Webinar Examines the Fastest Autonomous Vehicles Ever With GNSS, Inertia, LiDAR, and More – Inside GNSS



The fastest driverless speeds ever achieved will occur during the Indy Autonomous Challenge (IAC) on October 23. race car to reach the fastest fifty mile distance around the legendary Indianapolis Motor Speedway.

Get an inside look at the engineering lessons to be learned on the track during the October 6 webinar, “High speed unlocking to activate autonomous security.” Register here.

Through a series of pre-qualifying mock races, a starting group of thirty-one competing teams from universities around the world has shrunk to 10, each now owning an identical autonomous Dallara AV-21, the autonomous vehicle. the most advanced and fastest ever. developed.

Many automotive innovations have come from Formula 1 and motorsport in general. This is why the desire to bring autonomous vehicles on the highway will greatly benefit from the IAC.

Three closely involved expert engineers will share their views during the webinar:
• an overview of the race, retracing the 10-month journey and the challenges encountered along the way
• how GNSS provides absolute position and the backbone of high-speed sensor fusion on board the 10 competing Dallara AV-21 race cars
• how LiDAR is used to provide relative location and movement data

By learning how to make driverless cars operate safely at hyper-freeway speeds while avoiding other vehicles, IAC participants will gain a vast reservoir of powerful knowledge. The competition aims to solve real-world problems that driverless vehicles will face on city streets and highways.

Each team races with an identical car, equipped with the same powertrains, sensor systems, drive-by-wire systems and processors. The race will go to whoever develops the best software algorithms and neural networks

Hexagon is an automotive sponsor of the IAC, providing IAC competitors with positioning hardware, software and expertise from the main brands of Hexagon’s Autonomy and Positioning division, NovAtel and AutonomouStuff.

Webinar speakers

Lee Baldwin, director of off-road autonomy at Hexagon | AutonomousStuff
Lee Baldwin is the Core Autonomy Segment Director at Hexagon. He is responsible for creating the long term vision, strategy and multigenerational roadmap for the Core Autonomy market segment. Baldwin is working with other segment managers, product managers and the Core Autonomy business development team to develop a common strategy to maximize the value proposition of Hexagon products and services in the Core Autonomy market.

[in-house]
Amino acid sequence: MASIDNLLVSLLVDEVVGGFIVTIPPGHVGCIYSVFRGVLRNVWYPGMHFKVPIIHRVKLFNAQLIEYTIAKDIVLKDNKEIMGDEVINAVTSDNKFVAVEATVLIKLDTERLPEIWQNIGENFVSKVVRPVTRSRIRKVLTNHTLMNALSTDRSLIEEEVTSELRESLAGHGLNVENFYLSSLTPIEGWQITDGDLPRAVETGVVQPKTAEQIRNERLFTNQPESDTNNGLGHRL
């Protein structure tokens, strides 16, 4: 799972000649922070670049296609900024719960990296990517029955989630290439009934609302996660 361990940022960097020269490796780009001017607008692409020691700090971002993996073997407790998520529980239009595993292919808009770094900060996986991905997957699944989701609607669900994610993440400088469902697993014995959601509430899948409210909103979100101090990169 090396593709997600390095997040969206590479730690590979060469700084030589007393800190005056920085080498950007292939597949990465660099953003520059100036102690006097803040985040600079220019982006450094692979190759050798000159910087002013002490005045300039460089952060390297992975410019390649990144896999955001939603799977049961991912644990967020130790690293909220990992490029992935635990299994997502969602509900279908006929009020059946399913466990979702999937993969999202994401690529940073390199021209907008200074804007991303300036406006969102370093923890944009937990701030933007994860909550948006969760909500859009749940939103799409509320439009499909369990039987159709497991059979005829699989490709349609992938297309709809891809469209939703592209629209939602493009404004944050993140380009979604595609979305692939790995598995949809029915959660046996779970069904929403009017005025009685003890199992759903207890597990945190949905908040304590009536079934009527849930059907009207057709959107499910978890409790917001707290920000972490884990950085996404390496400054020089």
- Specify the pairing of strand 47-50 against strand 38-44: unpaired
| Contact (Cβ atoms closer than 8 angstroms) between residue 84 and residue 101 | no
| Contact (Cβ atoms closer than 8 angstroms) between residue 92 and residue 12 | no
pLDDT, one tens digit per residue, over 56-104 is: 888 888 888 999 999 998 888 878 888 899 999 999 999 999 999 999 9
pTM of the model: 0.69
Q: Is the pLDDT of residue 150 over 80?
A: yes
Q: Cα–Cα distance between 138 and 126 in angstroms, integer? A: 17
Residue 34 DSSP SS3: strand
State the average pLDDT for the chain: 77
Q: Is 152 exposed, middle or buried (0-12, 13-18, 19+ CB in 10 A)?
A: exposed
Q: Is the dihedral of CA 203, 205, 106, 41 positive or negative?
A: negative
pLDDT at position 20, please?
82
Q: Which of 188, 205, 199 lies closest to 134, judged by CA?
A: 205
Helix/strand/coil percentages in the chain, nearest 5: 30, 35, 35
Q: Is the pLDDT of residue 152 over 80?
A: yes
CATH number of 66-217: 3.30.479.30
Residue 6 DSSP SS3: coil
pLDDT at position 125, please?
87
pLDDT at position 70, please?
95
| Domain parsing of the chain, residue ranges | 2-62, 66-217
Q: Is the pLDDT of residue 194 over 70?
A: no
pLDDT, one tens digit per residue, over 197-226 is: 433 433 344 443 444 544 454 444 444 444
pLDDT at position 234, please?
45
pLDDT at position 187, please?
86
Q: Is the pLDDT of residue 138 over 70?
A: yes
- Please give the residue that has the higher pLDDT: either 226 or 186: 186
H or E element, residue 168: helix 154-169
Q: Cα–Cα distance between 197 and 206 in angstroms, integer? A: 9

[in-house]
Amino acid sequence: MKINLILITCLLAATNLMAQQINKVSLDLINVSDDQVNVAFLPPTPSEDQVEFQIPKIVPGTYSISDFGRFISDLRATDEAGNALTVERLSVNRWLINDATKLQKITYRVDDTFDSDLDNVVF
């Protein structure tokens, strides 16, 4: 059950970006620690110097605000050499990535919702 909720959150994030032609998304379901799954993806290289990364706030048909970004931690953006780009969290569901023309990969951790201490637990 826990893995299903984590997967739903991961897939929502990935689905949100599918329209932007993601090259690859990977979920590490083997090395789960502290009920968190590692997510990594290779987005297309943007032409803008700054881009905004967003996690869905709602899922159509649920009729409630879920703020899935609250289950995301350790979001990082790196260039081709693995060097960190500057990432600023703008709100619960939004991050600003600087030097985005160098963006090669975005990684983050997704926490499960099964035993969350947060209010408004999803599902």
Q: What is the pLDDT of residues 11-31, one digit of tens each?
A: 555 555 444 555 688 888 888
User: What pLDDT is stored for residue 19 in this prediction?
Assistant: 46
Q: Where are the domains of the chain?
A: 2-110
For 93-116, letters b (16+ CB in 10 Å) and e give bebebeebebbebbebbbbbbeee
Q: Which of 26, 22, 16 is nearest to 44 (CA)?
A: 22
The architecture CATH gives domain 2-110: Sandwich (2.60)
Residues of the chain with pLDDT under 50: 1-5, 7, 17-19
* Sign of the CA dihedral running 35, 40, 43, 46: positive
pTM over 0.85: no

Prior to joining Hexagon, Baldwin was responsible for engineering at Caterpillar, where he led a team of engineers who developed mining automation for autonomous hauling and drilling. Baldwin started as an application developer at Accenture and has held various technical and managerial positions in product development and information technology. Baldwin attended the University of Iowa where he obtained a Bachelor of Business Administration in Management Information Systems with a minor in Computer Science.

Justin Puent-LinkedInJustin Puent, Product Manager with full autonomy, Hexagon | AutonomousStuff
Justin Puent has joined France | The AutonomouStuff team in March 2018 as a project manager responsible for meeting the demand of the constantly growing autonomous driving research industry. With his background in autonomous driving research and development, design and management, Justin had the opportunity to manage the Hexagon | AutonomouStuff sponsorship for the #IndyAChallenge AV21 Race Car program.

Grass_Light-0557Dr Matthew Weed, Senior Product Manager, Luminar Technologies
Dr. Matthew Weed began his tenure at Luminar, a leading automotive software and lidar vendor, as part of its original engineering team. He is currently focused on driving the future of the business through analyzing and mapping the autonomous vehicle and sensor industries. His career has focused on the commercialization of advanced optical and photonic technologies, which he has achieved through medical diagnostic and drug delivery products, and now automotive applications. In addition to his work at Luminar, Matthew is an active member of the international technical community. Cluster and the College of Optics and Photonics UCF. Academically, he received his BSc in Physics from Rennselaer Polytechnic Institute and his Ph.D. through studies on the integration and fabrication of chip-scale photonic devices at CREOL, University of Central Florida. . He holds 26 US patents on laser, LiDAR and other detection technologies.

Can’t attend the October 6 live webinar?

to see on demand at your convenience.


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